We live right next to an old railroad track. It used to be a very active line with large passenger and freight trains traveling up and down it daily. Now it’s just a spur line, used to service a factory and carry some grain out from local farms in the fall.
Because there’s so little traffic on the tracks now, we enjoy walking them on a nice day. There’s all kinds of local lore about spots along the way.
Josh had heard tell of an old underpass about a mile up from us. The next cross road on our state route used to pass under the railroad and go up the hill behind us. There hasn’t been a road there for probably 40 years though. Our only clues were to look for a spot where the ravine on either side was very steep and a big red barn could be seen off to the right.
We walked a ways until we saw a red barn and the hillside was very steep. Even though many of the tree leaves were down, the honeysuckle was still pretty thick, making it hard to see down the hill. We found a path and followed it down but it didn’t lead anywhere. We climbed back up and decided to turn back home.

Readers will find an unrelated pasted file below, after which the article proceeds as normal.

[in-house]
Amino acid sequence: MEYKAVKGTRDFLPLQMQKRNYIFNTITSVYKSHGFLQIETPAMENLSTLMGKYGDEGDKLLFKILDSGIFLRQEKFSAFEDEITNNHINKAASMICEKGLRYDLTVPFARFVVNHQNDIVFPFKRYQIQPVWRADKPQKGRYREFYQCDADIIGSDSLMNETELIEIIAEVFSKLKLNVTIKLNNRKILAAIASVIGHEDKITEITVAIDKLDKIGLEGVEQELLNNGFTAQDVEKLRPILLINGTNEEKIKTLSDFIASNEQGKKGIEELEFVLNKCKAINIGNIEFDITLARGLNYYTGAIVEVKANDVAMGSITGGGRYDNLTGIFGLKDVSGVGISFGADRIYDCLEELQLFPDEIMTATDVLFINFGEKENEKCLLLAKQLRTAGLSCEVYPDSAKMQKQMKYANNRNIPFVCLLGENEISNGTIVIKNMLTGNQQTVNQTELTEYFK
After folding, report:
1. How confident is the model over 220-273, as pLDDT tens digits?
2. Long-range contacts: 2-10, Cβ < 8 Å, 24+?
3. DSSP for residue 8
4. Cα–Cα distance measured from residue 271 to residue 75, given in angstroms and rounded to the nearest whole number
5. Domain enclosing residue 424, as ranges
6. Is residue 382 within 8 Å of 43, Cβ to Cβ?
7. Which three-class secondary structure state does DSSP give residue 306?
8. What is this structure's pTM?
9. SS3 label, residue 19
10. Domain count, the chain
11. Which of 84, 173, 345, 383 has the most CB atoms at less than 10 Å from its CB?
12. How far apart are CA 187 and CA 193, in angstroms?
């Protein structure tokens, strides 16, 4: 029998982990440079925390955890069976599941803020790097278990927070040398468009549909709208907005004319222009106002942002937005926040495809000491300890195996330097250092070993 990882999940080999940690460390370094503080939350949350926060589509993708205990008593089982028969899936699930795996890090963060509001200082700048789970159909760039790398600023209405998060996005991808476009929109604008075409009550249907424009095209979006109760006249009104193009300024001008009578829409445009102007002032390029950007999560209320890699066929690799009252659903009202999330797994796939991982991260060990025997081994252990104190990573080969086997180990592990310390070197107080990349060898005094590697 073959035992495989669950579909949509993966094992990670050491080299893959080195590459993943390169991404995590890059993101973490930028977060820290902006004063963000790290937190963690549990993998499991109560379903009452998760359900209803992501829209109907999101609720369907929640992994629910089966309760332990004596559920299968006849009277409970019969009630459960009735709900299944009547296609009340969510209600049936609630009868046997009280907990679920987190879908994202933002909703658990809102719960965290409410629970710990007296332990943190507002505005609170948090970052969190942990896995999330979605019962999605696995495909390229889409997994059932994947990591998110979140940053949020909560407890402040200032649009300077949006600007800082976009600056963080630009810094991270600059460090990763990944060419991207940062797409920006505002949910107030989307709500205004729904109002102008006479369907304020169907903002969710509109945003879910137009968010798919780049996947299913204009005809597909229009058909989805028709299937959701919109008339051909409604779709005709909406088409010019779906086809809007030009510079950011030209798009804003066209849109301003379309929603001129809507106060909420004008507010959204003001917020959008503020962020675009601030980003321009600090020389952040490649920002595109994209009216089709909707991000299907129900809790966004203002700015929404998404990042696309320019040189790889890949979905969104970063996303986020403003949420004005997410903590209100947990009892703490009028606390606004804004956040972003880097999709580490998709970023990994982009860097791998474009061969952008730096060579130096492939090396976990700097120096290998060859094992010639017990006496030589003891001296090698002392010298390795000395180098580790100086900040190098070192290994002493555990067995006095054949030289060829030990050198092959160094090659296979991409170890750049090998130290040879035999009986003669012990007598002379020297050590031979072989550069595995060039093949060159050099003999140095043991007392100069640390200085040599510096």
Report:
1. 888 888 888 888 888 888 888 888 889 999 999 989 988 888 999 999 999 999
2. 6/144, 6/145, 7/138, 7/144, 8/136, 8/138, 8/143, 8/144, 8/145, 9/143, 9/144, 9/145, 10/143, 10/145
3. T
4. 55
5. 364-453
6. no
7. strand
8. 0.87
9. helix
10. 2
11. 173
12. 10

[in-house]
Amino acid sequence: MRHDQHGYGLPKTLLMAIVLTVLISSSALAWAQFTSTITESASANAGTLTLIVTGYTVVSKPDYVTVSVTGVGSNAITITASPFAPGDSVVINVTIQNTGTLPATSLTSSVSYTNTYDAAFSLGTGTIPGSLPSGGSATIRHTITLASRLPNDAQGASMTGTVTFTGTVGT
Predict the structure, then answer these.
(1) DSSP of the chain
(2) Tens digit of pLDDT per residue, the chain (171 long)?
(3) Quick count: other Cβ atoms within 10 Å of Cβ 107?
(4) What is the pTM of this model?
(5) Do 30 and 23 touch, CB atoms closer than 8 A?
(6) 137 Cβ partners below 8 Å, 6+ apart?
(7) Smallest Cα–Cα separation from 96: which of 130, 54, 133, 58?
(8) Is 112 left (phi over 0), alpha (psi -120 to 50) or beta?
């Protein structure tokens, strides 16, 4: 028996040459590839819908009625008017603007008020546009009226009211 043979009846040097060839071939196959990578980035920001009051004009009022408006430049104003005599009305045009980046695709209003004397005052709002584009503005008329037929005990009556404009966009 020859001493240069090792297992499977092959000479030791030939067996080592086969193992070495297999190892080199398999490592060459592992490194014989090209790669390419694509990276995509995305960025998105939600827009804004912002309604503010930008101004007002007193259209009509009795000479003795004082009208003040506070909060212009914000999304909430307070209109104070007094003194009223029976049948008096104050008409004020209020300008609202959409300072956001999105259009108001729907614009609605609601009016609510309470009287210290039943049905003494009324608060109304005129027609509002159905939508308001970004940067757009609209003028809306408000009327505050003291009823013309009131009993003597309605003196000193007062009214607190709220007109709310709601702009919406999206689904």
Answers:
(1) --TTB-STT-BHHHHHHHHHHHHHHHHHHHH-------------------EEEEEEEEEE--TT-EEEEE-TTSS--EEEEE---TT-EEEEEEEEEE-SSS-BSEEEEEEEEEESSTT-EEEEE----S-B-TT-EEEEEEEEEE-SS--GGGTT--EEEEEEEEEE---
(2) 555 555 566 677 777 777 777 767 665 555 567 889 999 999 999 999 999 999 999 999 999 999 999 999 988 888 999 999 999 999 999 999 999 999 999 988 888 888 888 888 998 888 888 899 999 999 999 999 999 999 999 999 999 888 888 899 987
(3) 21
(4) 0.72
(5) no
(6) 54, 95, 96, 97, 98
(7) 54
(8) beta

As we walked back we could hear a big creek below and saw it on one side. McGregor and I wondered where it went and thought it looked like it ran under the tracks. We maneuvered our way (=slid mostly) down the steep hillside and found it!
It was bigger than I thought it would be, made of huge hand cut stones. It is hard to imagine how they managed to get them all set in place without any big machinery, way back there in the woods.
Some of the rocks have begun to come apart in sheets, probably due to water seeping in through the years.
You can see where the roadway once was, about two feet up from the water line now. The floor of the tunnel is made up of broken up chunks of road. It’s amazing what flowing water can do to a road in a few decades!
There were lots of raccoon prints in the sand inside the tunnel. Must be a happening place in the evening!
It was a fun family adventure, discovering this little bit of local history. Our neighbor came over when we got home and told us about when he went looking for that same tunnel with his boys more than 20 years ago. He said it hasn’t been used as a roadway for probably 40 years or more but didn’t have that big creek running through it last time he was there. Maybe someday we’ll make it out to Lebanon to see some of the old county records. It’s amazing all the cool spots that exist so close by and you never even know they are there!